Solons, petitioners reveal plan to appeal SC ruling on terror law

Published December 9, 2021, 5:48 PM

by Ben Rosario

Dissatisfied with what they describe as ‘partial victory’ in their bid to strike down the controversial Anti-Terrorism Law (ATL) as unconstitutional, petitioners vowed to aim for a complete success in this endeavor by seeking a reconsideration of the Supreme Court ruling on the issue.

Anti-Terror Law demonstration

“We plan to challenge the Supreme Court’s declaration that almost all the other provisions of the law are not unconstitutional,” said Bayan Muna senatorial candidate Nery Colmenares, one of the many petitioners who questioned the ATL.

Albay Rep. Edcel Lagman, another oppositor of the controversial law, gave this reaction to the SC ruling: “The declaration of unconstitutionality of only two provisions of the 2020 Anti-Terrorism Act (ATA) fails to fully uphold and protect due process, human rights, and fundamental freedoms which are derogated by the controversial statute.” For her part, House Asst. Minority Leader and ACT Teachers Partylist Rep. France Castro said: “We still challenge the Supreme Court to declare the Anti-Terror Act as unconstitutional as it still contains provisions that may be used against critics and the opposition of the government.” On Wednesday, Dec. 9, the High Court released to the media information on its Tuesday en banc session where magistrates voted to reject as unconstitutional a qualifier in Section 4 and the second paragraph of Section 25 of Republic Act 11479 or the ATL.

However, the Court declared as “not unconstitutional” all other provisions that were questions by dozens of petitioners.

“We welcome in part the decision since it pared down somewhat the overbroad definition of terrorism by declaring unconstitutional the portion of the law which equates activism and standing up for one’s rights with terrorism. It is also good that the ATC’s designation upon request of supranational entities is also declared unconstitutional,” said Castro.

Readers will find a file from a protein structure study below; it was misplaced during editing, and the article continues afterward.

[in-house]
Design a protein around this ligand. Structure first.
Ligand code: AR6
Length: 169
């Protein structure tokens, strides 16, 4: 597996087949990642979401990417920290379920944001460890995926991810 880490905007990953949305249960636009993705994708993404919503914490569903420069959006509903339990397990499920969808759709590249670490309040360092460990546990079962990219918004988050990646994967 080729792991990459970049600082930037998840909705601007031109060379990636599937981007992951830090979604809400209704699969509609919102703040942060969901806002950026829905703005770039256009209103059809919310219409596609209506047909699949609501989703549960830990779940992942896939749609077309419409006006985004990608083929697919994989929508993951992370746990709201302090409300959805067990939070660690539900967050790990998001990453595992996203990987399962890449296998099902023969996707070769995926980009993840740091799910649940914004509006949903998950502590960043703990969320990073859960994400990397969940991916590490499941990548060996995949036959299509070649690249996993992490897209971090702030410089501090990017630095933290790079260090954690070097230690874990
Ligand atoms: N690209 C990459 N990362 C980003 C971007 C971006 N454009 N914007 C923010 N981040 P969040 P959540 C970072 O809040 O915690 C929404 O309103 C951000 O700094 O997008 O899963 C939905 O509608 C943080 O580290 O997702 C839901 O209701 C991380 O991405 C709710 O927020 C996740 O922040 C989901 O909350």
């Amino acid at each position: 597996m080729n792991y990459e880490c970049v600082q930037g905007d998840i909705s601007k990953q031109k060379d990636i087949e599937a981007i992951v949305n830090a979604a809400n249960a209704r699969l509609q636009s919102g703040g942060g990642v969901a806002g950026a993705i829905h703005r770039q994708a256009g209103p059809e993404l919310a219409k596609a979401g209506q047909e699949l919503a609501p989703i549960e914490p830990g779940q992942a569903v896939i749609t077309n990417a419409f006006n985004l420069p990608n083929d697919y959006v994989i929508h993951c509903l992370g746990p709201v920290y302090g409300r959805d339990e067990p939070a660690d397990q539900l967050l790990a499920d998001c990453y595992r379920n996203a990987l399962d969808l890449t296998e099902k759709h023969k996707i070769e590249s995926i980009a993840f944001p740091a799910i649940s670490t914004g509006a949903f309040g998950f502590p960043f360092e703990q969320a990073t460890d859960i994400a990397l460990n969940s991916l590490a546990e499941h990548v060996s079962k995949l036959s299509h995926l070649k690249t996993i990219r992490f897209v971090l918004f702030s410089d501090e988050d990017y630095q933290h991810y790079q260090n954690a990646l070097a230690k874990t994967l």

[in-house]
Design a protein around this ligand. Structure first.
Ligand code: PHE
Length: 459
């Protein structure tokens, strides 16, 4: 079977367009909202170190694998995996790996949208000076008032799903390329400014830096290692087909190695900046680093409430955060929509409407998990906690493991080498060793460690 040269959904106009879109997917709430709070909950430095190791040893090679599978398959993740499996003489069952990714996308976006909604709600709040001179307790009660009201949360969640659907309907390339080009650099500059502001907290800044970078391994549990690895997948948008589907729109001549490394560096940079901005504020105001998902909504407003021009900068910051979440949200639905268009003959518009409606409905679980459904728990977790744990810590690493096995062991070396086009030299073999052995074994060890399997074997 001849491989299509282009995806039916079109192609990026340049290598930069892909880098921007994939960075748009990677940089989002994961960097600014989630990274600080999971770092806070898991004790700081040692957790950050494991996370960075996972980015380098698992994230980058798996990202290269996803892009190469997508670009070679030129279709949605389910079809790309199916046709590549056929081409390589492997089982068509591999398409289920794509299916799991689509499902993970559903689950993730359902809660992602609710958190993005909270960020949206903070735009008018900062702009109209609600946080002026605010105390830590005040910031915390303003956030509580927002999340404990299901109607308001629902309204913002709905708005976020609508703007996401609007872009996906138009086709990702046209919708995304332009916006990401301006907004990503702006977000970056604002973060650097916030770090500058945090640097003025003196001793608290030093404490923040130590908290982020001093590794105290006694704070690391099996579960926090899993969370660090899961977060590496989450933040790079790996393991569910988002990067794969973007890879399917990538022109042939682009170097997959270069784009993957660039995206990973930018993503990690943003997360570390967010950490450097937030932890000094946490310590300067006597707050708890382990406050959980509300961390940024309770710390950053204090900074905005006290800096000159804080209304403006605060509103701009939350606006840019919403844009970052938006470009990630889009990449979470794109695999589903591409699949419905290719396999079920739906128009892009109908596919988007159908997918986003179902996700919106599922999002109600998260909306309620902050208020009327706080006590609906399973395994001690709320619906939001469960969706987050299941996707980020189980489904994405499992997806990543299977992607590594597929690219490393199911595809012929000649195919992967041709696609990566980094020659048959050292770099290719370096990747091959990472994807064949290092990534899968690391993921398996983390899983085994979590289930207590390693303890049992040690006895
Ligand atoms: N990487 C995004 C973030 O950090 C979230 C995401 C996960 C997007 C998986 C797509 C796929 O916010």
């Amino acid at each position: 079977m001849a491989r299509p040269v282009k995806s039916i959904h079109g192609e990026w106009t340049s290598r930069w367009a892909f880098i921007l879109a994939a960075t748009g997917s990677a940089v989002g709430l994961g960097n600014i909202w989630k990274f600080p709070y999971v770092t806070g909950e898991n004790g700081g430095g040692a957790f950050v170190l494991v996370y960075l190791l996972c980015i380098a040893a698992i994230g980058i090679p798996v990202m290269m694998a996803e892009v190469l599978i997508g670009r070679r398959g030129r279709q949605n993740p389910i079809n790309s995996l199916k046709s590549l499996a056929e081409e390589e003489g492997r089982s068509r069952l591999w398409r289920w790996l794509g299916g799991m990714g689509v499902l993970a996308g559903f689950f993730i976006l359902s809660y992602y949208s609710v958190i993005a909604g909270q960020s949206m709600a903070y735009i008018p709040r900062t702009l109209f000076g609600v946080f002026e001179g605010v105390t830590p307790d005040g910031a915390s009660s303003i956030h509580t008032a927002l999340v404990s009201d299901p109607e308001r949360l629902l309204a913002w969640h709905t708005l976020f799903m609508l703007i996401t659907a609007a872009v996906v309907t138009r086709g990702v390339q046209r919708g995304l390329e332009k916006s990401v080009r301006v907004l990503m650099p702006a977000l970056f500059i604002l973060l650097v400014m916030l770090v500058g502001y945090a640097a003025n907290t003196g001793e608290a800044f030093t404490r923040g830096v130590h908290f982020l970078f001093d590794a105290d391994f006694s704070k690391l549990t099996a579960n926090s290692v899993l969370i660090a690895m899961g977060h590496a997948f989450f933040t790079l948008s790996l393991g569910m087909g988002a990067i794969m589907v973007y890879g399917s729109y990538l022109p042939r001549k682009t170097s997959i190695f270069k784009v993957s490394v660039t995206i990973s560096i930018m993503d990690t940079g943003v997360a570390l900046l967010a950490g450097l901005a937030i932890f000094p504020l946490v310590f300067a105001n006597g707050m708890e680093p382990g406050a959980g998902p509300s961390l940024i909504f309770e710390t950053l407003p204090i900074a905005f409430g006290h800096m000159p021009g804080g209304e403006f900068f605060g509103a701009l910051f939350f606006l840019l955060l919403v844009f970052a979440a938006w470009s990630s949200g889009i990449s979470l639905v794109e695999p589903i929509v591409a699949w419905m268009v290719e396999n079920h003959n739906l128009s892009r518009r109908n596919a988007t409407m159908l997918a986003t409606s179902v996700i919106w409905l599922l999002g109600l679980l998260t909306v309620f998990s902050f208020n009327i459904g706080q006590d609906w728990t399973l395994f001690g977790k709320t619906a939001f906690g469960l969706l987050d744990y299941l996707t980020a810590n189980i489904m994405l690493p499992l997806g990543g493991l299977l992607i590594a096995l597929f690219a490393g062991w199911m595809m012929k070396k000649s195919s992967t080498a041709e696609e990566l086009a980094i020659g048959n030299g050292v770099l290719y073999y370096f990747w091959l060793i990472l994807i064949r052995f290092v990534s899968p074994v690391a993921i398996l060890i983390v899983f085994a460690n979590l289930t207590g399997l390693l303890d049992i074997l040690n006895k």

She added: “However, much of what is left in the law is still abhorrent to the Constitution and dangerous to the rights of the people.” Colmenares lauded SC’s effort to :”protect our civiil and political rights fromt he overreach of such a draconian and dangerous law.” But the former congressman aired the belief that the Court should have struck down as unconstitutional other provisions of the ATL, particularly the provision that would allow authorities to lock up persons suspected of terrorism for up to 24 days without charges being filed in court.

“Once we get a copy of the full decision, my fellow petitioners and I will most likely file a Motion for Reconsideration to challenge the other provisions that have a devastating effect on human rights and civil liberties,” said Colmenares.

Lagman commented that while the two provisions declared unconstitutional is correct, he remained convinced that the “entire law should have been voided.” “The ATA’s definition of “terrorism” should have been junked for being grossly vague as it ensnares innocent victims who are the targets of the government’s vengeance and reprisal for being conscientious dissenters and vigilant critics of the administration,” said Lagman.

“Upholding the legality of the Anti-Terrorism Council’s authority to cause the detention of terror suspect under Section 29 for a maximum of 24 days without a judicial warrant of arrest is a blatant violation of the Constitution which mandates that only the courts can order the detention of a suspect through the issuance of a warrant of arrest,” he stressed.